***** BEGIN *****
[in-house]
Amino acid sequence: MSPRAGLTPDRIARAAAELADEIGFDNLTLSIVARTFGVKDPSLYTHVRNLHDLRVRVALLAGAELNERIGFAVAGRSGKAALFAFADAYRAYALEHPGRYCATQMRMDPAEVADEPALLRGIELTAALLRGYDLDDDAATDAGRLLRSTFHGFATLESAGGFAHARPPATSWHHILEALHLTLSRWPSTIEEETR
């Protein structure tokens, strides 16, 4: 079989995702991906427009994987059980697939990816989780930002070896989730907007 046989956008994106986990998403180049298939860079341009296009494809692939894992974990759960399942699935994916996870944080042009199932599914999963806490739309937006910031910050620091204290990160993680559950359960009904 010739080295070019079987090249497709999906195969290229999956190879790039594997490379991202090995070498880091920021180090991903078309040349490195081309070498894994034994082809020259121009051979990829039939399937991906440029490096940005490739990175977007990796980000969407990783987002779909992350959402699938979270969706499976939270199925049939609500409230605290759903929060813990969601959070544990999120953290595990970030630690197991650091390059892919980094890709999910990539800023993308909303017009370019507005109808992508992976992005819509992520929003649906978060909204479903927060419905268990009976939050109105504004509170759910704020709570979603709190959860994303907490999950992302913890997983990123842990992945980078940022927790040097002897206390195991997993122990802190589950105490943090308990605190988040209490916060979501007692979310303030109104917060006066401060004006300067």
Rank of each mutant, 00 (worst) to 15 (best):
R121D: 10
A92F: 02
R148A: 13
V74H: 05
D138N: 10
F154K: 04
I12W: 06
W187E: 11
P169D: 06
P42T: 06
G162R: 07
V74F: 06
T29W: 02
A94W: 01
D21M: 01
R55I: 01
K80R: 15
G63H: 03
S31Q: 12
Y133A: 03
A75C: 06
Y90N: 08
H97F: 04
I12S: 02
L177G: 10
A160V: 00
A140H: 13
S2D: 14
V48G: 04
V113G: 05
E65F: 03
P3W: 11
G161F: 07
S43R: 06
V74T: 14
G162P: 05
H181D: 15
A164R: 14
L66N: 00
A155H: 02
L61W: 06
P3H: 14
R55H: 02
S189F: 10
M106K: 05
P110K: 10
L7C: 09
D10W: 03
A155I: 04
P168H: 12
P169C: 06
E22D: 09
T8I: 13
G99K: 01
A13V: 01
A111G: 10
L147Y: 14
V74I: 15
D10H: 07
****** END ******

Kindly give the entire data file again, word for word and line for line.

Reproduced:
[in-house]
Amino acid sequence: MSPRAGLTPDRIARAAAELADEIGFDNLTLSIVARTFGVKDPSLYTHVRNLHDLRVRVALLAGAELNERIGFAVAGRSGKAALFAFADAYRAYALEHPGRYCATQMRMDPAEVADEPALLRGIELTAALLRGYDLDDDAATDAGRLLRSTFHGFATLESAGGFAHARPPATSWHHILEALHLTLSRWPSTIEEETR
């Protein structure tokens, strides 16, 4: 079989995702991906427009994987059980697939990816989780930002070896989730907007 046989956008994106986990998403180049298939860079341009296009494809692939894992974990759960399942699935994916996870944080042009199932599914999963806490739309937006910031910050620091204290990160993680559950359960009904 010739080295070019079987090249497709999906195969290229999956190879790039594997490379991202090995070498880091920021180090991903078309040349490195081309070498894994034994082809020259121009051979990829039939399937991906440029490096940005490739990175977007990796980000969407990783987002779909992350959402699938979270969706499976939270199925049939609500409230605290759903929060813990969601959070544990999120953290595990970030630690197991650091390059892919980094890709999910990539800023993308909303017009370019507005109808992508992976992005819509992520929003649906978060909204479903927060419905268990009976939050109105504004509170759910704020709570979603709190959860994303907490999950992302913890997983990123842990992945980078940022927790040097002897206390195991997993122990802190589950105490943090308990605190988040209490916060979501007692979310303030109104917060006066401060004006300067």
Rank of each mutant, 00 (worst) to 15 (best):
R121D: 10
A92F: 02
R148A: 13
V74H: 05
D138N: 10
F154K: 04
I12W: 06
W187E: 11
P169D: 06
P42T: 06
G162R: 07
V74F: 06
T29W: 02
A94W: 01
D21M: 01
R55I: 01
K80R: 15
G63H: 03
S31Q: 12
Y133A: 03
A75C: 06
Y90N: 08
H97F: 04
I12S: 02
L177G: 10
A160V: 00
A140H: 13
S2D: 14
V48G: 04
V113G: 05
E65F: 03
P3W: 11
G161F: 07
S43R: 06
V74T: 14
G162P: 05
H181D: 15
A164R: 14
L66N: 00
A155H: 02
L61W: 06
P3H: 14
R55H: 02
S189F: 10
M106K: 05
P110K: 10
L7C: 09
D10W: 03
A155I: 04
P168H: 12
P169C: 06
E22D: 09
T8I: 13
G99K: 01
A13V: 01
A111G: 10
L147Y: 14
V74I: 15
D10H: 07